Los Angeles and Orange counties have a major shortage of buildable single-family housing lots.
Availability in the two counties is the lowest of any major market in the country, according to the Los Angeles Daily News, citing market tracker Zonda Economics.
The pandemic has fueled a rise in home sales, which has worsened California’s housing crisis. There was a 61 percent drop in supply of vacant housing lots over the last year in L.A. and Orange counties, the most significant decrease in the nation.
The inventory of lots controlled by developers in the two counties is also 25 percent below what is considered equilibrium, according to the report.
“Builders have been aggressively buying land in different stages of development, and many of these lots will turn into homes for sale in the coming year or two,” said Zonda’s Ali Wolf.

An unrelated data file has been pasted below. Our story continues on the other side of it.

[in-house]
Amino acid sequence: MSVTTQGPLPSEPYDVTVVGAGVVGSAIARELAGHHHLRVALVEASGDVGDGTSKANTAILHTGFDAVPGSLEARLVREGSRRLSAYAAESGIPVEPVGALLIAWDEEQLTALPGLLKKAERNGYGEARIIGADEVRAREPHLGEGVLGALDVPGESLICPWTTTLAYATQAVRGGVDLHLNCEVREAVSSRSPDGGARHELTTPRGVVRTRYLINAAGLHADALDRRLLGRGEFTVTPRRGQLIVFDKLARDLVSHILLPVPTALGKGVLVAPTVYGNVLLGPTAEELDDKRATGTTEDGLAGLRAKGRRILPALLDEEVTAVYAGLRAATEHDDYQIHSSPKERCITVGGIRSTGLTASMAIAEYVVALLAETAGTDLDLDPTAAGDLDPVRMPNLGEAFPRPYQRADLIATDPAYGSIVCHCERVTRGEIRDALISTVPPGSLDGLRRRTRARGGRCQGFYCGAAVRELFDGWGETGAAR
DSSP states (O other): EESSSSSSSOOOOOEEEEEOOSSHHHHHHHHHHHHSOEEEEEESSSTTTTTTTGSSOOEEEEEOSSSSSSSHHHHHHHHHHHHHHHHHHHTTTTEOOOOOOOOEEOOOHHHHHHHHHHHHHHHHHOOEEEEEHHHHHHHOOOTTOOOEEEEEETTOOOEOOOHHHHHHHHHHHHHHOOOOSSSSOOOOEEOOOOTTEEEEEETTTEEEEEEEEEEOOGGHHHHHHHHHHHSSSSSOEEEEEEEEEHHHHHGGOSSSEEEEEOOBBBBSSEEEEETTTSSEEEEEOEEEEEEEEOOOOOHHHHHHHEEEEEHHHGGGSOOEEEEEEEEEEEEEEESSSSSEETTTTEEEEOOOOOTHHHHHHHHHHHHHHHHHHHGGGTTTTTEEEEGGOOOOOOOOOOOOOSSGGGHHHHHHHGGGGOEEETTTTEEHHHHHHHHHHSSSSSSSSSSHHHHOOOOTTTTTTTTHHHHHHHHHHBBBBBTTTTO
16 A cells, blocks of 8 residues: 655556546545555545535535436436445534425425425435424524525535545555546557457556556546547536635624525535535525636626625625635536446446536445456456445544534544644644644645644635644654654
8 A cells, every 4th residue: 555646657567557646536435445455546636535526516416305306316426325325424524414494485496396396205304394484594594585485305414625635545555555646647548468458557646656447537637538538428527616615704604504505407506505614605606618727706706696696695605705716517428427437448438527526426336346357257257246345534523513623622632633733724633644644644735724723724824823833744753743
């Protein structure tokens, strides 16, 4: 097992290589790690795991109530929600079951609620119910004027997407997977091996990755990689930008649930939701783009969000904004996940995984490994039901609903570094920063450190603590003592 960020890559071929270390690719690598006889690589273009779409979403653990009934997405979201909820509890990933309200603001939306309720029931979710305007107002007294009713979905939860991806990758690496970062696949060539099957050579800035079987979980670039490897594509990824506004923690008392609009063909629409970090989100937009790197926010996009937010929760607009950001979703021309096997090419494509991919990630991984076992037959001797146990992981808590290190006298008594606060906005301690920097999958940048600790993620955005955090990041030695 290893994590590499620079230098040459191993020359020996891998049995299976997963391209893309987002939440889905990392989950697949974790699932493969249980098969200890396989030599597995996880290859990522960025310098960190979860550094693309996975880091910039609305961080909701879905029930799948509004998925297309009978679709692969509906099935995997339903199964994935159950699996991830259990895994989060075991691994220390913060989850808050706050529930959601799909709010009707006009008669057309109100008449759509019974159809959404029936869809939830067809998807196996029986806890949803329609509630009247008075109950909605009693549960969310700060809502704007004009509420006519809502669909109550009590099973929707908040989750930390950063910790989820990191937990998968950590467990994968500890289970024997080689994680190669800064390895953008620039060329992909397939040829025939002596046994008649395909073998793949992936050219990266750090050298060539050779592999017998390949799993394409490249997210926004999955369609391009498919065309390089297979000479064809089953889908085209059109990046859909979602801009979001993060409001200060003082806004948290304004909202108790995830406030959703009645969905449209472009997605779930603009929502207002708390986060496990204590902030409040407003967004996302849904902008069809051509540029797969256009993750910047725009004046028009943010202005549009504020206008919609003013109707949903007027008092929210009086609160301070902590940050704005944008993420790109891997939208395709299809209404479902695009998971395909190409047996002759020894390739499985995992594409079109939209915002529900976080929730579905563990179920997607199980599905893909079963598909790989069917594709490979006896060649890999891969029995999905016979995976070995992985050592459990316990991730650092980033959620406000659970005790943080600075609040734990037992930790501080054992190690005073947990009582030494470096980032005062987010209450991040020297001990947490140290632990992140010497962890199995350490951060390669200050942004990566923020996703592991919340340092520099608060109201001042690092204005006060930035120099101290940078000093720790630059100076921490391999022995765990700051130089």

There is also a shortage of homes on the market in Southern California. Buyers have regularly set new median price records in the months since the pandemic. It’s the same story in many parts of the country.
The Inland Empire has a less severe shortage of lots, though rent prices here have ticked up.
Meanwhile, the shortage of buildable lots is also acute in San Diego and San Francisco. San Diego’s supply is 26 percent of normal levels, while San Francisco’s is just 33 percent. Both saw double-digit drops in supply over the last year.
The supply of buildable single-family housing lots has been steadily dropping over the last five years, according to Zonda.
[LADN] — Dennis Lynch